The SSC often serves multiple customers in different geographies and individual business units are required to use its services, sometimes with an option to choose between the service providers & the company’s own SSC.                                                                                                                                                                                                           Going for the SSC route is a major decision for stakeholders as it needs to have a long term vision and strategic approach over continuing with existing Outsourcing methods. It certainly involves more overhead than typically managing outsourcing service providers, whereas the payback period on the investments made is between 3-4 years and depends on various factors like location, operating models & sourcing strategies.

Shared Services Landscape in India

The decision to spread shared services operations to offshore locations is mostly driven by factors such as low labor costs, availability of skilled talent, language proficiency, and availability of seamless connectivity infrastructure. Throughout the last decade, few hotspots like India, Eastern Europe & APAC have emerged as unique destinations for SSCs, given access to a growing ecosystem of matured SSCs.                                                                                                                                                                                                         Particularly in India, the abundant availability of skilled talent and cost advantages has resulted in the setup of hundreds of global business captives. These kinds of R&D & Support centers were first built in the 1990s with a trend started by Texas Instruments & GE; earlier referred to as captives, then as GICs (Global In-House Centers) and now as GCCs (Global Capability Centers). These centers were not much prominent at that time and most of the IT buzz/exposure was directed towards major IT Services giants such as TCS, Accenture, IBM & Infosys, etc. There were few operational challenges for SSCs then despite the initial success and we had seen few captives being shut and local units were sold to IT vendors. The notable ones were Citibank’s technology unit & UBS which were acquired by Wipro and CTS.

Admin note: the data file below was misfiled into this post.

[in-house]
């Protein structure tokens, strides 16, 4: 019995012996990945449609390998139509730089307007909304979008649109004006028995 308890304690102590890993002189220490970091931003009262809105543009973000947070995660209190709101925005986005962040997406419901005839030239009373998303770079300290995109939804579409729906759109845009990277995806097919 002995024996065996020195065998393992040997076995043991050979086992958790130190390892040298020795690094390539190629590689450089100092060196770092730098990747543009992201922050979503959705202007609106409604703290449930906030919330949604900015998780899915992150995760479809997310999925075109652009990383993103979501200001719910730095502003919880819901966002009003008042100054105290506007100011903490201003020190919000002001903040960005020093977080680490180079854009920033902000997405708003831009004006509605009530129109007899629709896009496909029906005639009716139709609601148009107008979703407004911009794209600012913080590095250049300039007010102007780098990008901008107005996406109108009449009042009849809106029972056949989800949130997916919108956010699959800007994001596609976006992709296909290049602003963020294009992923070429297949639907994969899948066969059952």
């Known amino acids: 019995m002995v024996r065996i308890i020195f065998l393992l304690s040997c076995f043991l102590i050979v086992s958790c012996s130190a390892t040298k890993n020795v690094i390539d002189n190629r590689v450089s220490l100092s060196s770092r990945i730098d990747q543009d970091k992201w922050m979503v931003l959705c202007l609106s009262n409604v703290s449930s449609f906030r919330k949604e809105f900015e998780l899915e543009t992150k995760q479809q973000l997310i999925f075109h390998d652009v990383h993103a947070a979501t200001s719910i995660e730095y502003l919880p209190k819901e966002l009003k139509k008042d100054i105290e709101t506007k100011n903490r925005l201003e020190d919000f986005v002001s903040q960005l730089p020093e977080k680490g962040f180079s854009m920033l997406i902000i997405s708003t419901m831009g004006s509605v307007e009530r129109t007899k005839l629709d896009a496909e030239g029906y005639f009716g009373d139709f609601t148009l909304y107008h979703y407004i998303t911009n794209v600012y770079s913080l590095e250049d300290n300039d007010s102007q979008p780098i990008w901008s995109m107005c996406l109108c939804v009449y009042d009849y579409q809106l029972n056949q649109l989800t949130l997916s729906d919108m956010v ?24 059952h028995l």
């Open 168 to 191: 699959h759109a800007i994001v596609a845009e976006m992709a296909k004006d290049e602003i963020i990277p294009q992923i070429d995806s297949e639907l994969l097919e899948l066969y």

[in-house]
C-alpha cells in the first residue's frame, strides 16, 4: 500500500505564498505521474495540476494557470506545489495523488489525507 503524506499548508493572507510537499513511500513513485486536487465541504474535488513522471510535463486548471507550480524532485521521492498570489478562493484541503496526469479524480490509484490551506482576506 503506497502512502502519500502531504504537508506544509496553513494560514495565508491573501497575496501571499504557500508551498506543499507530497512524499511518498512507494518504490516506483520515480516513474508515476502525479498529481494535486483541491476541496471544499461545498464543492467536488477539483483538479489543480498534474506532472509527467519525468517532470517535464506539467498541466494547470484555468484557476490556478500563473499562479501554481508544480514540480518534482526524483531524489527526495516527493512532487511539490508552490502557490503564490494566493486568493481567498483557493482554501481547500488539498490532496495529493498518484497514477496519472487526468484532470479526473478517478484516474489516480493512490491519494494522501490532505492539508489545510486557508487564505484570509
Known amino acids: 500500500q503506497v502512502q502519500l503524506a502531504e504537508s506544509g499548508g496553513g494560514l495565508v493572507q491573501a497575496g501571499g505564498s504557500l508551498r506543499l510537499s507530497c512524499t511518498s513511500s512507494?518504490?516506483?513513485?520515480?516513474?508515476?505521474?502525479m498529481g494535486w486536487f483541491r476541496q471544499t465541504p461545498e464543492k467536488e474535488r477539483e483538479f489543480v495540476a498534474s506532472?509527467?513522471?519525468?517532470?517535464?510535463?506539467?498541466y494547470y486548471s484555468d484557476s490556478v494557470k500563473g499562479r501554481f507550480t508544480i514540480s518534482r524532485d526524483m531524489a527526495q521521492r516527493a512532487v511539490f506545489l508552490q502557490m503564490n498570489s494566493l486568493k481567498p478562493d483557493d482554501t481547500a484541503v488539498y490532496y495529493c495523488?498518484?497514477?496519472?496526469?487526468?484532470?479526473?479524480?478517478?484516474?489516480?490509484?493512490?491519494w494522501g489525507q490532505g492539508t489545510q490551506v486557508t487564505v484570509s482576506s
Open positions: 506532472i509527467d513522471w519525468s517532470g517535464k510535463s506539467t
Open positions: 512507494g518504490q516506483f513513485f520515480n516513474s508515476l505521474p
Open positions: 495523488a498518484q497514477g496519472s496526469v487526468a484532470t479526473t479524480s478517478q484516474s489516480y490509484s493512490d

With the slowing down of the IT outsourcing market, SSCs have again gained importance and enterprises are trying to establish CoEs, R&D Centers & captives for BPM & IT services. The initial success of SSCs has positively helped companies to expand the scope of shared services initiatives, bringing in knowledge-based processes apart from transactional processes and adding more service lines into SSCs. Along with the technology sector, BFSI companies started setting up captives in India. With the creation of this ecosystem – manufacturing, engineering, industrial services, healthcare, and telecom industries followed the trend and opened multiple SSCs in India.                                                                                                                                                                                                                                                                                                                                                            India is today the world’s most prominent location for setting up SSCs and the majority of Fortune 500 companies have set up their own captives in India.

Number of SSCs/Business Captives – 1400+

Number of Employees – 1 Million+

Revenue – $ 28 Billion

From Cost to Value

The numbers of technology centers are growing each year and India already has more than 60% of the global SSC workforce.                                                                                                                                                                                                             In terms of achieving growth & scale, cost arbitrage continues to be an important driver for SSCs. Indian SSCs are now looking to move past the cost arbitrage stage with a focus on value addition by building sustainable business functions. With the emergence of paradigm changes in the IT industry & related ecosystem, SSCs in India need to maintain the cost competitive advantage that they have enjoyed for a while. Although the focus is now shifting towards value addition and developing innovation capabilities so as to contribute to the business outcomes of the parent organization.

Maturity Model for GIC's